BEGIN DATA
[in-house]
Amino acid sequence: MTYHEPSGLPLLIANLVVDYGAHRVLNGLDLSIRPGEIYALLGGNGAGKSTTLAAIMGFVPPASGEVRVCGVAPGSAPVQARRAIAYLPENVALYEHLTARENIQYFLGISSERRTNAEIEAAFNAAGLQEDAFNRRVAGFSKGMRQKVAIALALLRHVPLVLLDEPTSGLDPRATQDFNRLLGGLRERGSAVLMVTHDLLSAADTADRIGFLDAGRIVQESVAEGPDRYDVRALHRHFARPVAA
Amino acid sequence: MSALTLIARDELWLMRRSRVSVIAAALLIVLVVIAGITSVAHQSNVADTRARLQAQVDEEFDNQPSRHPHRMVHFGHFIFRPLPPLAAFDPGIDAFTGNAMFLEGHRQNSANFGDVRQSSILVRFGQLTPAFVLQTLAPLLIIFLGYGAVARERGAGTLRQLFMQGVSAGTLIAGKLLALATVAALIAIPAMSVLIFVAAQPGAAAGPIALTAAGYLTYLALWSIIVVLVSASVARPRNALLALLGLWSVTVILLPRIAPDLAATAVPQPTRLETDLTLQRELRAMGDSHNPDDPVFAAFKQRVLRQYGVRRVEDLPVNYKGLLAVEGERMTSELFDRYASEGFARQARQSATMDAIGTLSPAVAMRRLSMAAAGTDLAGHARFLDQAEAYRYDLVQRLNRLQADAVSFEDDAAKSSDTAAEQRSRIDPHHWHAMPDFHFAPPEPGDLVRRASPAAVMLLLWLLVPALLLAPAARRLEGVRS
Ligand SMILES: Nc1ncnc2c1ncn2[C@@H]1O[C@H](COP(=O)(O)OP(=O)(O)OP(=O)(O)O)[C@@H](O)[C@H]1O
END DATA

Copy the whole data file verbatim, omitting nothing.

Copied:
[in-house]
Amino acid sequence: MTYHEPSGLPLLIANLVVDYGAHRVLNGLDLSIRPGEIYALLGGNGAGKSTTLAAIMGFVPPASGEVRVCGVAPGSAPVQARRAIAYLPENVALYEHLTARENIQYFLGISSERRTNAEIEAAFNAAGLQEDAFNRRVAGFSKGMRQKVAIALALLRHVPLVLLDEPTSGLDPRATQDFNRLLGGLRERGSAVLMVTHDLLSAADTADRIGFLDAGRIVQESVAEGPDRYDVRALHRHFARPVAA
Amino acid sequence: MSALTLIARDELWLMRRSRVSVIAAALLIVLVVIAGITSVAHQSNVADTRARLQAQVDEEFDNQPSRHPHRMVHFGHFIFRPLPPLAAFDPGIDAFTGNAMFLEGHRQNSANFGDVRQSSILVRFGQLTPAFVLQTLAPLLIIFLGYGAVARERGAGTLRQLFMQGVSAGTLIAGKLLALATVAALIAIPAMSVLIFVAAQPGAAAGPIALTAAGYLTYLALWSIIVVLVSASVARPRNALLALLGLWSVTVILLPRIAPDLAATAVPQPTRLETDLTLQRELRAMGDSHNPDDPVFAAFKQRVLRQYGVRRVEDLPVNYKGLLAVEGERMTSELFDRYASEGFARQARQSATMDAIGTLSPAVAMRRLSMAAAGTDLAGHARFLDQAEAYRYDLVQRLNRLQADAVSFEDDAAKSSDTAAEQRSRIDPHHWHAMPDFHFAPPEPGDLVRRASPAAVMLLLWLLVPALLLAPAARRLEGVRS
Ligand SMILES: Nc1ncnc2c1ncn2[C@@H]1O[C@H](COP(=O)(O)OP(=O)(O)OP(=O)(O)O)[C@@H](O)[C@H]1O